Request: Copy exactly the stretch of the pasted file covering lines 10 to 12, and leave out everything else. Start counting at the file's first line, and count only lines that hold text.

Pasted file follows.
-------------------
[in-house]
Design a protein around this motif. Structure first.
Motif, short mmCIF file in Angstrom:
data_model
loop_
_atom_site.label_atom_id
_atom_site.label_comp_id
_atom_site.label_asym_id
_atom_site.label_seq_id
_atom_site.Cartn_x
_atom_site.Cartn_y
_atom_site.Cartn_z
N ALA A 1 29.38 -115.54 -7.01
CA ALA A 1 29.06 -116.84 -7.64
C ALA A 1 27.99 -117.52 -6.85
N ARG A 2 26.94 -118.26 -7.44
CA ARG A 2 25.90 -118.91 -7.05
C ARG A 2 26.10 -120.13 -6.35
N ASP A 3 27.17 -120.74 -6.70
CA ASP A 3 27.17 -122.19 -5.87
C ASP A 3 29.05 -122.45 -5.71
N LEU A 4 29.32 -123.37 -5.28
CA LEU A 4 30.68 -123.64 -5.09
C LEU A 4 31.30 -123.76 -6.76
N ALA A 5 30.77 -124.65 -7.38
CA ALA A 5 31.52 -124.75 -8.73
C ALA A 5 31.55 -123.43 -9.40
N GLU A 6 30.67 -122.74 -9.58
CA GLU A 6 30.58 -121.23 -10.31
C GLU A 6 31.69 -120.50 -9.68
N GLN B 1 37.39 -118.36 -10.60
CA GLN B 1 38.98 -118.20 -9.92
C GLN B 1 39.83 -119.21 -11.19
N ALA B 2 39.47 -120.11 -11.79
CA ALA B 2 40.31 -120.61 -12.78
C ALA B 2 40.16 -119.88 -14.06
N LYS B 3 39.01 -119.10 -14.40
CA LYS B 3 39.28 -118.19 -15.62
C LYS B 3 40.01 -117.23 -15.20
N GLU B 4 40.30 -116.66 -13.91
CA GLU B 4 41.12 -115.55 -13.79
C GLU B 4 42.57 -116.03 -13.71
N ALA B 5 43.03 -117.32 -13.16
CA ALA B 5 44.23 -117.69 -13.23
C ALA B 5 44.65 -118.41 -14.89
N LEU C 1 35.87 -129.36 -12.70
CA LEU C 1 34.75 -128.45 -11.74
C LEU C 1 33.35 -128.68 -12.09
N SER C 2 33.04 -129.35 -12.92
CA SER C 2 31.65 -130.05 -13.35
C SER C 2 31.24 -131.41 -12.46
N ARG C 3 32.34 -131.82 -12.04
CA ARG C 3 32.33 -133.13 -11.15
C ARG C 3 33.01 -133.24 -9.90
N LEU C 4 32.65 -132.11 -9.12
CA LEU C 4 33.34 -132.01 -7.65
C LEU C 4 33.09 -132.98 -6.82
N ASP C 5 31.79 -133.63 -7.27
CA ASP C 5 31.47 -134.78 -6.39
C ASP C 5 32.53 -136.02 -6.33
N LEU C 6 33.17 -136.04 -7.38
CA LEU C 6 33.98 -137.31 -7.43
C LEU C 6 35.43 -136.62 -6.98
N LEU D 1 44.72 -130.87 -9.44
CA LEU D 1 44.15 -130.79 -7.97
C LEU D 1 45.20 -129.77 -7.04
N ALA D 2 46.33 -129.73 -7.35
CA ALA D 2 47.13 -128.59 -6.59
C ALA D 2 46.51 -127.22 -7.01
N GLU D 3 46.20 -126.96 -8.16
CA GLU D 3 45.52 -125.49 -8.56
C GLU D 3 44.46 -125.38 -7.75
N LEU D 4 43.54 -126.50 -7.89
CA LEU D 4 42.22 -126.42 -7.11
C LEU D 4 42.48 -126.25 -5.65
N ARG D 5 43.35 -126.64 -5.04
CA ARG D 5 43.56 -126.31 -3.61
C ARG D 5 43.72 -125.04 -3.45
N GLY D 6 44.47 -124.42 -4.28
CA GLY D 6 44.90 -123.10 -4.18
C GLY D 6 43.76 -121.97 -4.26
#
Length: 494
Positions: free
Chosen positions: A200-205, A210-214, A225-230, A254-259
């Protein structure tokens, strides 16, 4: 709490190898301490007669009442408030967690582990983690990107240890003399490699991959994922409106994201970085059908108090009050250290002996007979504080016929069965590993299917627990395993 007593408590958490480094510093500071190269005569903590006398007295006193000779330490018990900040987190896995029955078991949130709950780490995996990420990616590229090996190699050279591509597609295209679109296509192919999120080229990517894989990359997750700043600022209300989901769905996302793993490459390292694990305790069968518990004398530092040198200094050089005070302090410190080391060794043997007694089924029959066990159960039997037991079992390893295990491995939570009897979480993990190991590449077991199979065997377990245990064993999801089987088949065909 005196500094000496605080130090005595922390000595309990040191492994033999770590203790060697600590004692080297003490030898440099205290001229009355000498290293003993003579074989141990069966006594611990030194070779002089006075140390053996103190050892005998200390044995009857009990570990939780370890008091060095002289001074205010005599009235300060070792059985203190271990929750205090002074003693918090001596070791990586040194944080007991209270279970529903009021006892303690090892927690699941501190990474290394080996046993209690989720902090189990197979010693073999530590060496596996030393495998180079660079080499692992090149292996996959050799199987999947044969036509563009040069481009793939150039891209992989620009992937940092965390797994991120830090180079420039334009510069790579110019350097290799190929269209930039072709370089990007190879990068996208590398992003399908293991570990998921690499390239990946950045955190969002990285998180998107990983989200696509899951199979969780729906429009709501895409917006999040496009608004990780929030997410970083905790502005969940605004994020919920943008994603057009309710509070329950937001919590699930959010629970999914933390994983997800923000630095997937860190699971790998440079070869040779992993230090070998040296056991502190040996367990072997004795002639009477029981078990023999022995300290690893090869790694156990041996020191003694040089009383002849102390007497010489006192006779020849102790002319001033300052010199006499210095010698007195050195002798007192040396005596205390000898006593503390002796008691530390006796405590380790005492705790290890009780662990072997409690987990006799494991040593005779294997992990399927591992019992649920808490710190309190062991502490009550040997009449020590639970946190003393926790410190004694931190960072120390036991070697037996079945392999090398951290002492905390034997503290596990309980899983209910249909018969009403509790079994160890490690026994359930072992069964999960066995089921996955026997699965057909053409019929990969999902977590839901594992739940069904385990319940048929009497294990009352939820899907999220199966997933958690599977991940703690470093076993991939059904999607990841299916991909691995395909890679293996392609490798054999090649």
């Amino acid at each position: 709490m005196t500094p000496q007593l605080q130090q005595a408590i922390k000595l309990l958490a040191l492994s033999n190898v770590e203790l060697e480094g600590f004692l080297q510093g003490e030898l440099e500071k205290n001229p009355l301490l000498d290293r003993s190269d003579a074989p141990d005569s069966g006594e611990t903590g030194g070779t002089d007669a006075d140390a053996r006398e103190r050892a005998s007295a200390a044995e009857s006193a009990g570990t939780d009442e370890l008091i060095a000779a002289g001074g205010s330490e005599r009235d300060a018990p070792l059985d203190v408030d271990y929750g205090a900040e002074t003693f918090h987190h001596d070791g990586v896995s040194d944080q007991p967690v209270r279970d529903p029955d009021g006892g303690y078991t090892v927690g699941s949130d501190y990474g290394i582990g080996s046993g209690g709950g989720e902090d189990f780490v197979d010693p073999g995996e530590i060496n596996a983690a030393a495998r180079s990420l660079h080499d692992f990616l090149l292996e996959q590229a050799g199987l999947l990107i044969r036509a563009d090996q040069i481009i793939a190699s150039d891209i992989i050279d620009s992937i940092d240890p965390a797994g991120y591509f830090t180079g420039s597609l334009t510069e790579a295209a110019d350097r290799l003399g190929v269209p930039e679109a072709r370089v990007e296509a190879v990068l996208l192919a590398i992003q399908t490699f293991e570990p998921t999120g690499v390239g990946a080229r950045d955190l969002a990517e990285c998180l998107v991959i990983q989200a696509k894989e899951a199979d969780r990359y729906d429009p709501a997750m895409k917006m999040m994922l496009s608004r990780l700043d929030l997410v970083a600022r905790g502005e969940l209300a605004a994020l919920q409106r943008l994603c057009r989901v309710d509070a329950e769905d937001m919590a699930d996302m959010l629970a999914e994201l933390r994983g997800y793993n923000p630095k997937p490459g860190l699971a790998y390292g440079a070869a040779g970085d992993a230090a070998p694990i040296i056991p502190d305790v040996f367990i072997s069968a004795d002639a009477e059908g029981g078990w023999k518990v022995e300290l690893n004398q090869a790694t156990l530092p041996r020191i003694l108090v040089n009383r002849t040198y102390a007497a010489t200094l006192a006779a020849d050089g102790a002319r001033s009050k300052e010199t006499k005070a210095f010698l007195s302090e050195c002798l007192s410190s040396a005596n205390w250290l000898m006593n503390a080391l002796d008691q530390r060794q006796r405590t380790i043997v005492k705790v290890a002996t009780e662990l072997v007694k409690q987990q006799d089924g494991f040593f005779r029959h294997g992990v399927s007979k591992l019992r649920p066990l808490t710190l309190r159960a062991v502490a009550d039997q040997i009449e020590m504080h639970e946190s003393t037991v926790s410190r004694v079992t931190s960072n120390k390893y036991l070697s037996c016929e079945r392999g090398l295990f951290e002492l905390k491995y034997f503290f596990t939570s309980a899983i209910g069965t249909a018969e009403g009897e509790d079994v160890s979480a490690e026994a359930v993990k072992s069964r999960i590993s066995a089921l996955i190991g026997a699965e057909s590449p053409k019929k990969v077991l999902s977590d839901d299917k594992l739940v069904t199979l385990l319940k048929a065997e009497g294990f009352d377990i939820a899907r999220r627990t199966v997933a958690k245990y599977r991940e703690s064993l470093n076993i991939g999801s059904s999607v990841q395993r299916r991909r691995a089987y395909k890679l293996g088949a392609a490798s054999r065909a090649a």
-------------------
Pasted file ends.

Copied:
_atom_site.Cartn_x
_atom_site.Cartn_y
_atom_site.Cartn_z